bandwagon effect

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bandwagon effect

A type of herd mentality in which a belief or trend cascades and becomes increasingly popular as more people “climb on board” and subscribe to belief or trend, regardless of personal convictions and scant evidence the bandwagon’s validity; people often climb on bandwagon to be on the winning or popular side.
Segen's Medical Dictionary. © 2012 Farlex, Inc. All rights reserved.

bandwagon effect

(band′wag″ŏn)
A method of making decisions based on people's perceptions of what others have decided whether or not they have made a thoughtful choice. It is decision making based on peer pressure.
Medical Dictionary, © 2009 Farlex and Partners
References in periodicals archive ?
This could be indirect proof of the fact that part of the group of PD switchers was affected by some sort of postelection bandwagon effect. However, the coefficient of the circle of friends remains insignificant.
By removing respondents who switched to support the PD (to consider the bandwagon effect) from the analysis, the results remain the same, and we see a marginal rise in the statistical significance and the magnitude of the familial disagreement effect, as expected.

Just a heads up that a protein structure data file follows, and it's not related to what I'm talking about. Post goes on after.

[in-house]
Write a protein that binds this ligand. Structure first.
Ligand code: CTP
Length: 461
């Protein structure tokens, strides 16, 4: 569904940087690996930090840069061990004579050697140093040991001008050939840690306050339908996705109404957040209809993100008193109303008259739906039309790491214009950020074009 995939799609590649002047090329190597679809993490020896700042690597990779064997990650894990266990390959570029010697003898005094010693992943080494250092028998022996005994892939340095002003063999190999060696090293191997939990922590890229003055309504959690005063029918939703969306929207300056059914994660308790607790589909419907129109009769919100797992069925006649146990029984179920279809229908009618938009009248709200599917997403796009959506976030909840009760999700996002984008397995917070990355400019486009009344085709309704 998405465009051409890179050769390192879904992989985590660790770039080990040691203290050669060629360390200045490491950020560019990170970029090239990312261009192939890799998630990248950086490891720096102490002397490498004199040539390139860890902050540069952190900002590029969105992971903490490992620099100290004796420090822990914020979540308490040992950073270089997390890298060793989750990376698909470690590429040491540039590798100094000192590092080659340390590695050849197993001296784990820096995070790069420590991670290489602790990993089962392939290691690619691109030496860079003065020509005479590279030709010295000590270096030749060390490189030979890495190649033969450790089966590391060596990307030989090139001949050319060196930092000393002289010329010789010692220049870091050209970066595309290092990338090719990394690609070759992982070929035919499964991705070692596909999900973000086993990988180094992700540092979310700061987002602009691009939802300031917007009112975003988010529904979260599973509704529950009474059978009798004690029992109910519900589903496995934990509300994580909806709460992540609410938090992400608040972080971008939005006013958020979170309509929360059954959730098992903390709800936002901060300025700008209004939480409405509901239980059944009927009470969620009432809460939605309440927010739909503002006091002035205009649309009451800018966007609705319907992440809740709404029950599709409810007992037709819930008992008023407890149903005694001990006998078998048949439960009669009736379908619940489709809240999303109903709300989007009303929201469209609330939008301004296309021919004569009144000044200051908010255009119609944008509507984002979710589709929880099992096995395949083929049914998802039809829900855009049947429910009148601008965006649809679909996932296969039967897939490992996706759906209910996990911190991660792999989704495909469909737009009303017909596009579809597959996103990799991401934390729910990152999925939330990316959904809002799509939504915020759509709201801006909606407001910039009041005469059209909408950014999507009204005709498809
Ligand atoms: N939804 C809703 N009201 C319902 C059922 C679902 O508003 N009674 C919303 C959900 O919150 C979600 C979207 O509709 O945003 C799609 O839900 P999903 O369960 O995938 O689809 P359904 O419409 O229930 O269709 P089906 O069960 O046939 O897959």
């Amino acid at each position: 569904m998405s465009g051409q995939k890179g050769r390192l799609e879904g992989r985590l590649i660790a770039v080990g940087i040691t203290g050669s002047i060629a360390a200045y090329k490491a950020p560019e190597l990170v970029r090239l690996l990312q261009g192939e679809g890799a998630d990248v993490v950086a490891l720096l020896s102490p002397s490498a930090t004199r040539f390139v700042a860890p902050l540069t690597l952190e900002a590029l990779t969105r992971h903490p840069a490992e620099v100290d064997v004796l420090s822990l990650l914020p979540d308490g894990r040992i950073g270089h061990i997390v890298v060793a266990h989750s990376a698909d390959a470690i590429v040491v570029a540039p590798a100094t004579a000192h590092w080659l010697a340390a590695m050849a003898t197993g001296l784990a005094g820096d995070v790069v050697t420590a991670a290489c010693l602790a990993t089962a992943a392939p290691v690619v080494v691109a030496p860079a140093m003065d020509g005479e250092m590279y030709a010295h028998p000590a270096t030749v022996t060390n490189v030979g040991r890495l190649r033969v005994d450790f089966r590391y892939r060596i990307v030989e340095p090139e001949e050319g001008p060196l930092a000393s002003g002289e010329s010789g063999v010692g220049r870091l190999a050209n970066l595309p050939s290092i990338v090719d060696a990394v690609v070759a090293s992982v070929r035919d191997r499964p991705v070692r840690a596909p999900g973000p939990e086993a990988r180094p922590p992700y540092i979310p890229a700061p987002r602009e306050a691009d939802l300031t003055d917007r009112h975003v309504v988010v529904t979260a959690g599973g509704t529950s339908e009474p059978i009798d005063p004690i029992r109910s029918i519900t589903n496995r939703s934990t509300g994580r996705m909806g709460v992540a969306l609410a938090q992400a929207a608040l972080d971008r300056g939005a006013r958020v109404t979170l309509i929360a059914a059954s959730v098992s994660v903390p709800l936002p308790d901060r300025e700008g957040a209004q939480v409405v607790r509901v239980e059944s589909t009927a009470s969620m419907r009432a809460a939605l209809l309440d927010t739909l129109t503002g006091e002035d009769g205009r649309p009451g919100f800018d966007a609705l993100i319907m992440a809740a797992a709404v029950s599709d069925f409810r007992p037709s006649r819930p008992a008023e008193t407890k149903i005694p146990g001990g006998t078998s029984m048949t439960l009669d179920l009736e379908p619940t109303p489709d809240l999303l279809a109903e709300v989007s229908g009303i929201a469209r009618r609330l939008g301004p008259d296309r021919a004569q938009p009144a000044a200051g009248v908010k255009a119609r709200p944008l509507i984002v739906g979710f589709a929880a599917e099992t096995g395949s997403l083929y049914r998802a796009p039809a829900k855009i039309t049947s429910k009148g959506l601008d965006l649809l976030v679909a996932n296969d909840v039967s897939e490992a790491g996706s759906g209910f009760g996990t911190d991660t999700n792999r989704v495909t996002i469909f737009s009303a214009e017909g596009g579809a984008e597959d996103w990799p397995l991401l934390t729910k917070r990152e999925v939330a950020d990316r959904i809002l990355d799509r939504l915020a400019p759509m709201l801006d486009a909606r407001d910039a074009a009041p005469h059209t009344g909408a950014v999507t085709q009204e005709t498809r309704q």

Apart from those works, there are other researchers who have been unable to corroborate a bandwagon effect in their inquiry.
The bandwagon effect is not the only illustration of public opinion polls influencing the electoral process, but it is a common enough example that it seems appropriate to explore the relationship of Canadian federal election results with a portrait of the public mood at the beginning of each of those campaigns.
Curiously, although his classic paper on the bandwagon effect, etc.
Consistent with this perspective, we examine here two possibilities: (1) that voting intentions are affected by expectations about the likely winner of the next general election (bandwagon effect) and (2) that expectations about which party will win the next election are dependent on current vote intentions (whether through a sophisticated treatment of information or a simple projection effect).
Of course, one should not overestimate the bandwagon effect either.
An individual's reliance on other users' product choices and evaluations has been shown to be related to bandwagon effects, or herd behavior, which describe the tendency of an individual to follow the behavior of previous users (Bikhchandani, Hirshleifer, & Welch, 1998; Simon, 1954).
A large body of research has found evidence on information cascades and subsequent bandwagon effects with respect to various objects, such as consumer goods, cultural products, and online information (for an overview, see Xu & Fu, 2014).
These study design features address both of Schill and Kirk's criticisms of earlier CRM overlay studies that found bandwagon effects.
51) This "bandwagon effect" was even more pronounced in a similar study of audience response to a video recording of the 1984 Reagan-Mondale presidential debate.